Java vs C#

C# is a general-purpose, modern and object-oriented programming language pronounced as “C sharp”. It was developed by Microsoft led by Anders Hejlsberg and his team.

Java is a general-purpose computer programming language that is concurrent, class-based, object-oriented etc. Java applications are typically compiled to bytecode that can run on any Java virtual machine (JVM) regardless of computer architecture.

Below are some major differences between C# and Java:

Feature C# Java
Operator Overloading C# supports operator overloading for multiple operators. Java does not support operator overloading.
Runtime Environment C# supports CLR(Common Language Runtime). Java supports JVM(Java Virtual Machine).
API Control C# API are completely controlled by Microsoft. Java API are controlled by open community process.
Public Classes In C#, there can be many public classes inside a source code. In Java there can be only one public class inside a source code otherwise there will be compilation error.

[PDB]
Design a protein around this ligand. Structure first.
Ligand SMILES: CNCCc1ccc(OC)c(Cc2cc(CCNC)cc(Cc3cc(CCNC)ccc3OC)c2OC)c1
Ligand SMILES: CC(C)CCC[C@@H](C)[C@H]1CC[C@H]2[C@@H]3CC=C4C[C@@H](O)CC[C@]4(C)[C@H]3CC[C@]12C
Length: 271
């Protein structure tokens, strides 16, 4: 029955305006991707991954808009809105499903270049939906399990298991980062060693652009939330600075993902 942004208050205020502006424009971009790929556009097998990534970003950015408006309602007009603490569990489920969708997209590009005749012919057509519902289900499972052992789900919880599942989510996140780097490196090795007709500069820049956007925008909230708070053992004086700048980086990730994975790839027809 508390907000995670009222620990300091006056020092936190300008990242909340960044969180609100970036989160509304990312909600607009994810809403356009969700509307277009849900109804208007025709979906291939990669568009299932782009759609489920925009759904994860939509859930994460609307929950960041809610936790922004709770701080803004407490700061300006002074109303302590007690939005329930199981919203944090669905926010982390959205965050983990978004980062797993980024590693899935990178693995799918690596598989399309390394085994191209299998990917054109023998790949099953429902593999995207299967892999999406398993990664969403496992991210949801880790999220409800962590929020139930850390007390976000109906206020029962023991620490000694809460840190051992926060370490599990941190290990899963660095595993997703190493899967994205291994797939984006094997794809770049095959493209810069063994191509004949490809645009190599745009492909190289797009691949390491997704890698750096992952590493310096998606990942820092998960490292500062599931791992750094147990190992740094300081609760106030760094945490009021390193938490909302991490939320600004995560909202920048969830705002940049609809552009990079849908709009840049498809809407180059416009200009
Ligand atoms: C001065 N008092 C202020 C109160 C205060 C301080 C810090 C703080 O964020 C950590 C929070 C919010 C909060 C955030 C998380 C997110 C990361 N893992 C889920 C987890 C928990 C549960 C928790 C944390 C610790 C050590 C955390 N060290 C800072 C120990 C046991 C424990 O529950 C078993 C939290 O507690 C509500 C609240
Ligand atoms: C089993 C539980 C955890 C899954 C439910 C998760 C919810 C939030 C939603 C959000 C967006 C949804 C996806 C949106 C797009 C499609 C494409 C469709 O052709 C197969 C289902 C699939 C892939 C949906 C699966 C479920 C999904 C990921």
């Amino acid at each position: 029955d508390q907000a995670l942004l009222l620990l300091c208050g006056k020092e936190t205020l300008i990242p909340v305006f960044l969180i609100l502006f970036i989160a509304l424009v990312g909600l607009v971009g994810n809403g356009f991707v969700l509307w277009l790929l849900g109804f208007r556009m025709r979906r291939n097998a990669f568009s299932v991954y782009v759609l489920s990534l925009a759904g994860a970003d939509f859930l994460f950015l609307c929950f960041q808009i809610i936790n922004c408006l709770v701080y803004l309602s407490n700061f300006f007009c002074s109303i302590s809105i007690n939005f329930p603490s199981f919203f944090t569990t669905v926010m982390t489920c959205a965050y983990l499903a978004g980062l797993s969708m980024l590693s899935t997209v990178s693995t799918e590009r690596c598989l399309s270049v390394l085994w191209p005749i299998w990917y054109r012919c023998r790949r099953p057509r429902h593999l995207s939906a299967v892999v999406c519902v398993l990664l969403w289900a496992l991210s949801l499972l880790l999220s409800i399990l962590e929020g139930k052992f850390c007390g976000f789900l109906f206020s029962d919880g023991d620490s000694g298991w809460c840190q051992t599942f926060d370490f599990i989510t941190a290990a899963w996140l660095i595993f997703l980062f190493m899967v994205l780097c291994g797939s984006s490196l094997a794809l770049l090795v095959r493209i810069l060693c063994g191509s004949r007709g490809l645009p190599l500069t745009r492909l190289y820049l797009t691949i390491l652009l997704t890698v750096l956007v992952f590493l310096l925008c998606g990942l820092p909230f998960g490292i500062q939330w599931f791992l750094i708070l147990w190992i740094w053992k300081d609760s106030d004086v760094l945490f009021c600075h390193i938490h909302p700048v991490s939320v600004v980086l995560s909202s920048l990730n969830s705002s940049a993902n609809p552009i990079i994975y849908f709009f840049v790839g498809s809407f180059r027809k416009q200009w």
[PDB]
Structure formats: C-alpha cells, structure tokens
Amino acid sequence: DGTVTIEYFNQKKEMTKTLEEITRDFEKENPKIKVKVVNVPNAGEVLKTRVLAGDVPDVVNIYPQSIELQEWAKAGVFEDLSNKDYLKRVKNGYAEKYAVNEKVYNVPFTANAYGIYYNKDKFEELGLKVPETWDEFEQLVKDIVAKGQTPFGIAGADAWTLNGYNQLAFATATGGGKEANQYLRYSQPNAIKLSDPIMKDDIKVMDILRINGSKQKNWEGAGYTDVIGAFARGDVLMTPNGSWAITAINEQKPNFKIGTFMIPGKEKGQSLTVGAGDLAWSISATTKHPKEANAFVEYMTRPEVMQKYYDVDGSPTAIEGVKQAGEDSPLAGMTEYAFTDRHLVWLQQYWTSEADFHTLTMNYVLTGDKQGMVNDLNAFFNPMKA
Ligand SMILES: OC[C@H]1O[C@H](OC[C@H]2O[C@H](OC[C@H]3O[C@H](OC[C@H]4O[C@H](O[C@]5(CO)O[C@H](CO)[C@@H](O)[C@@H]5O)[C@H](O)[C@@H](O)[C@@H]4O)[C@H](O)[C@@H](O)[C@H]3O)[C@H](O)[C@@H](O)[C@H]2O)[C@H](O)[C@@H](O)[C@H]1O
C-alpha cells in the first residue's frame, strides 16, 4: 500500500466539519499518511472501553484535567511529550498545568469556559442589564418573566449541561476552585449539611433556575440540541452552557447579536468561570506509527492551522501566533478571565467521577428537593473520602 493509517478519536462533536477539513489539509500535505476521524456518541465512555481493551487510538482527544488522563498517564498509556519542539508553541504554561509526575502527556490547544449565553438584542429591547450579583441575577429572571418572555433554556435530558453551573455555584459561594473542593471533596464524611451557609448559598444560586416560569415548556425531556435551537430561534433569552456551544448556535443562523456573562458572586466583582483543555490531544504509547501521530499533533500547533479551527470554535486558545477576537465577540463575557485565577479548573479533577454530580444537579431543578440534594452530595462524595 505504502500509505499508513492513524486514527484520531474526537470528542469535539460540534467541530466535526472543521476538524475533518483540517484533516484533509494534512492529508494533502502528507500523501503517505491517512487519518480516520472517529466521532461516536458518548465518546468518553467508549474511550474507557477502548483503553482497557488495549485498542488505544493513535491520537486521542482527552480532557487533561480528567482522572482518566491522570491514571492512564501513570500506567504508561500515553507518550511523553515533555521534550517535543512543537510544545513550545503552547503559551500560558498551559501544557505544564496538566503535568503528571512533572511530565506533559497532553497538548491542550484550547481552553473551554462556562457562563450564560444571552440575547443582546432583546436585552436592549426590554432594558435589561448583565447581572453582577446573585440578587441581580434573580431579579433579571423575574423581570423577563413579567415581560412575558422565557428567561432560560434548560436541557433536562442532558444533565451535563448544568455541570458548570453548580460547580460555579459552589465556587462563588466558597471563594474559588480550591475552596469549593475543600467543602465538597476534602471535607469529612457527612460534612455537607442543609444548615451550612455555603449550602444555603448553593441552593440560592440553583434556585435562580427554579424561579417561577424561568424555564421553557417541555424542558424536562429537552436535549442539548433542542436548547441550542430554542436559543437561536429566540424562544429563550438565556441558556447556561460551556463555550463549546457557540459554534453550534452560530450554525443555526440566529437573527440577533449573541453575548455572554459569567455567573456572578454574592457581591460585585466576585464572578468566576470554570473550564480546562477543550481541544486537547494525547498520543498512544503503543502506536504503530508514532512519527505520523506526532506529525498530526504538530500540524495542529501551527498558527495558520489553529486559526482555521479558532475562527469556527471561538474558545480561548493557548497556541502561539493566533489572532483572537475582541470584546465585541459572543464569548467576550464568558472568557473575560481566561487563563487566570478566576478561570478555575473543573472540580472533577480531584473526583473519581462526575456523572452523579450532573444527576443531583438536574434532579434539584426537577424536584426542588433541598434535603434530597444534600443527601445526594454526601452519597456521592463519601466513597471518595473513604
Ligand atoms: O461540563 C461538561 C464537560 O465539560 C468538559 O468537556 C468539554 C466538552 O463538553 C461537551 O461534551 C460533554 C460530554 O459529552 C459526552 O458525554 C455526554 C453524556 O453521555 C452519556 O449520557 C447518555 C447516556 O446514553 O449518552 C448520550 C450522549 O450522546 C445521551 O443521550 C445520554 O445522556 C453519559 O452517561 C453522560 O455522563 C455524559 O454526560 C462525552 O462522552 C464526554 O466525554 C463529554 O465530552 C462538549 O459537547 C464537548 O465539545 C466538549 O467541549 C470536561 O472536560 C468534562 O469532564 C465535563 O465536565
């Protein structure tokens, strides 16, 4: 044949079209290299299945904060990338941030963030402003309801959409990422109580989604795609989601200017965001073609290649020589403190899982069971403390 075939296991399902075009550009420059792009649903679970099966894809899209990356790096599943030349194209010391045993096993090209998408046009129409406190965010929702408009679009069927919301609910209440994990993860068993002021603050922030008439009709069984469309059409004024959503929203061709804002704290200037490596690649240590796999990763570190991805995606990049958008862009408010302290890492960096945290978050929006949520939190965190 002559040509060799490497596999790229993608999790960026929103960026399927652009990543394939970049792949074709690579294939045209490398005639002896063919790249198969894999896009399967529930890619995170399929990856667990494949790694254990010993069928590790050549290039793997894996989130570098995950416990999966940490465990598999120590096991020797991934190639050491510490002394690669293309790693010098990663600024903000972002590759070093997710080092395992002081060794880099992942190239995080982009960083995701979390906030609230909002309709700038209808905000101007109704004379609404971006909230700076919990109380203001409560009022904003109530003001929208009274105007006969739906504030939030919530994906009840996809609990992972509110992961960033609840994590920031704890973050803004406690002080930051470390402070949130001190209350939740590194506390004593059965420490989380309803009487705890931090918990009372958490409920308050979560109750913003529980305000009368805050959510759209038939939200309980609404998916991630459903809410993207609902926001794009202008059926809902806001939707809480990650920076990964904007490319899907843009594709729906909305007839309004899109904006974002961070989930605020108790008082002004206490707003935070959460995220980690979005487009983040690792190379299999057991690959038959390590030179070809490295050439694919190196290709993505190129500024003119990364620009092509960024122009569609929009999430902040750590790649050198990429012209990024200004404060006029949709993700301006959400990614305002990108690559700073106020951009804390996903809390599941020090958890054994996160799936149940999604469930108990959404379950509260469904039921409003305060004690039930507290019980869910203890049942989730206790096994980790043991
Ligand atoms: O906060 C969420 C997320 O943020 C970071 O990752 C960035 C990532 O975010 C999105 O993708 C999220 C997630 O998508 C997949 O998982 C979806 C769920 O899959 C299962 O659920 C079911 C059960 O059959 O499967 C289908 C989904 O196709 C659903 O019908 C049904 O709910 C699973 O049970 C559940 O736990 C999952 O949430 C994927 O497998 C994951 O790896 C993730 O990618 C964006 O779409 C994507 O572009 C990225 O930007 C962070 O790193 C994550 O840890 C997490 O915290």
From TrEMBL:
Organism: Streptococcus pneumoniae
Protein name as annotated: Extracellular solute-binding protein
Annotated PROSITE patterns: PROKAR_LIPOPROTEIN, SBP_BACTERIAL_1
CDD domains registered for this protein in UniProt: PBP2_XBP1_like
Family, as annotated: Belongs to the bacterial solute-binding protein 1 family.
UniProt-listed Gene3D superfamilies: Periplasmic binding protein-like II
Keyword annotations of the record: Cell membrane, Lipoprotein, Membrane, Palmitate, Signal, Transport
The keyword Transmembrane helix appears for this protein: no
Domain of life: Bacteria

Checked Exceptions C# does not supports for checked exception. In some cases checked exceptions are very useful for smooth execution of program. Java supports both checked and unchecked exceptions.
Platform Dependency C# code is windows specific. Although Microsoft is working to make it global but till now the major system does not provide support for C#. Java is a robust and platform independent language. Platform independency of Java is through JVM.
Pointers In C# pointers can be used only in unsafe mode. Java does not supports anyway use of pointers.
Conditional Compilation C# supports for conditional compilation. Java does not supports for conditional compilation.
goto statement C# supports for goto statement. Java does not supports for goto statement. Use of goto statement will cause error in Java code.
Structure and Union C# supports structures and unions. Java doesn’t support structures and unions.
Floating Point C# does not supports strictfp keyword that means it result of floating point numbers may not be guaranteed to be same across all platforms. Java supports strictfp keyword that means its result for floating point numbers will be same for various platform.

This article is attributed to GeeksforGeeks.org

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